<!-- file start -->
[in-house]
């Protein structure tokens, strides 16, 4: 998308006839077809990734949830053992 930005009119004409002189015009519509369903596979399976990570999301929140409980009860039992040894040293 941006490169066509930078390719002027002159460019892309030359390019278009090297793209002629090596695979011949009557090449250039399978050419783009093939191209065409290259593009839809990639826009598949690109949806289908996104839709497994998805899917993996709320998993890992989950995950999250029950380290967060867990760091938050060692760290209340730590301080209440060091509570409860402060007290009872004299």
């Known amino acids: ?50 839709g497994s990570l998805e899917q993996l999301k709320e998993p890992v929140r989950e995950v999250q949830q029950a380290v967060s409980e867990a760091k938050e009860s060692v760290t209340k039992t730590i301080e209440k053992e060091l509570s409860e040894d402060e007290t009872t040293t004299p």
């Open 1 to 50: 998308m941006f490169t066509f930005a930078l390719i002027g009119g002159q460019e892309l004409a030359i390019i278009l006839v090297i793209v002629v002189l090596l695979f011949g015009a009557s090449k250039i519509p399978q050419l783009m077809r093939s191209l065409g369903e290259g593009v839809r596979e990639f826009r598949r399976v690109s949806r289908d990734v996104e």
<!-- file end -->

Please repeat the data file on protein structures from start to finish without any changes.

[in-house]
């Protein structure tokens, strides 16, 4: 998308006839077809990734949830053992 930005009119004409002189015009519509369903596979399976990570999301929140409980009860039992040894040293 941006490169066509930078390719002027002159460019892309030359390019278009090297793209002629090596695979011949009557090449250039399978050419783009093939191209065409290259593009839809990639826009598949690109949806289908996104839709497994998805899917993996709320998993890992989950995950999250029950380290967060867990760091938050060692760290209340730590301080209440060091509570409860402060007290009872004299």
């Known amino acids: ?50 839709g497994s990570l998805e899917q993996l999301k709320e998993p890992v929140r989950e995950v999250q949830q029950a380290v967060s409980e867990a760091k938050e009860s060692v760290t209340k039992t730590i301080e209440k053992e060091l509570s409860e040894d402060e007290t009872t040293t004299p």
């Open 1 to 50: 998308m941006f490169t066509f930005a930078l390719i002027g009119g002159q460019e892309l004409a030359i390019i278009l006839v090297i793209v002629v002189l090596l695979f011949g015009a009557s090449k250039i519509p399978q050419l783009m077809r093939s191209l065409g369903e290259g593009v839809r596979e990639f826009r598949r399976v690109s949806r289908d990734v996104e």